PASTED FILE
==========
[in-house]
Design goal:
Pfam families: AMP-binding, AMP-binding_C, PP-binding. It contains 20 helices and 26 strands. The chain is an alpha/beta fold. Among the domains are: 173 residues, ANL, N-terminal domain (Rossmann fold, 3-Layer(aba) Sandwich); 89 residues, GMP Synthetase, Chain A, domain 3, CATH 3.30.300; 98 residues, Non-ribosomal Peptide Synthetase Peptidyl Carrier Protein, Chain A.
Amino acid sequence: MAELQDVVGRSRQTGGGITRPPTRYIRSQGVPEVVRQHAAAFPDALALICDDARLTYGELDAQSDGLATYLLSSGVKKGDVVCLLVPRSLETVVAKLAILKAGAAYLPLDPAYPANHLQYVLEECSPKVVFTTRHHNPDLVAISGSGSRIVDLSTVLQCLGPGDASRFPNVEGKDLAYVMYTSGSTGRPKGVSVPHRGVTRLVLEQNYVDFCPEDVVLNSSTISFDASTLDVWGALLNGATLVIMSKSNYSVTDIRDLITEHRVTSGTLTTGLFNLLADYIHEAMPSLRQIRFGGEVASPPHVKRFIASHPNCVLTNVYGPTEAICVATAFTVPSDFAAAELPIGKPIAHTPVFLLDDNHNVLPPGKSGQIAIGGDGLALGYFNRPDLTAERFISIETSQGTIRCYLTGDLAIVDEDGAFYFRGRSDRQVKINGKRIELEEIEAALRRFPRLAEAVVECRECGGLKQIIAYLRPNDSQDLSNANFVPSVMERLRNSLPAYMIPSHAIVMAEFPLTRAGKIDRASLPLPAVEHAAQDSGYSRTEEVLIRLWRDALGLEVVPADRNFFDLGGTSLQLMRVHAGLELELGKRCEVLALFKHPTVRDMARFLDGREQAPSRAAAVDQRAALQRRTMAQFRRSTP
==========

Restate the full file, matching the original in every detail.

[in-house]
Design goal:
Pfam families: AMP-binding, AMP-binding_C, PP-binding. It contains 20 helices and 26 strands. The chain is an alpha/beta fold. Among the domains are: 173 residues, ANL, N-terminal domain (Rossmann fold, 3-Layer(aba) Sandwich); 89 residues, GMP Synthetase, Chain A, domain 3, CATH 3.30.300; 98 residues, Non-ribosomal Peptide Synthetase Peptidyl Carrier Protein, Chain A.
Amino acid sequence: MAELQDVVGRSRQTGGGITRPPTRYIRSQGVPEVVRQHAAAFPDALALICDDARLTYGELDAQSDGLATYLLSSGVKKGDVVCLLVPRSLETVVAKLAILKAGAAYLPLDPAYPANHLQYVLEECSPKVVFTTRHHNPDLVAISGSGSRIVDLSTVLQCLGPGDASRFPNVEGKDLAYVMYTSGSTGRPKGVSVPHRGVTRLVLEQNYVDFCPEDVVLNSSTISFDASTLDVWGALLNGATLVIMSKSNYSVTDIRDLITEHRVTSGTLTTGLFNLLADYIHEAMPSLRQIRFGGEVASPPHVKRFIASHPNCVLTNVYGPTEAICVATAFTVPSDFAAAELPIGKPIAHTPVFLLDDNHNVLPPGKSGQIAIGGDGLALGYFNRPDLTAERFISIETSQGTIRCYLTGDLAIVDEDGAFYFRGRSDRQVKINGKRIELEEIEAALRRFPRLAEAVVECRECGGLKQIIAYLRPNDSQDLSNANFVPSVMERLRNSLPAYMIPSHAIVMAEFPLTRAGKIDRASLPLPAVEHAAQDSGYSRTEEVLIRLWRDALGLEVVPADRNFFDLGGTSLQLMRVHAGLELELGKRCEVLALFKHPTVRDMARFLDGREQAPSRAAAVDQRAALQRRTMAQFRRSTP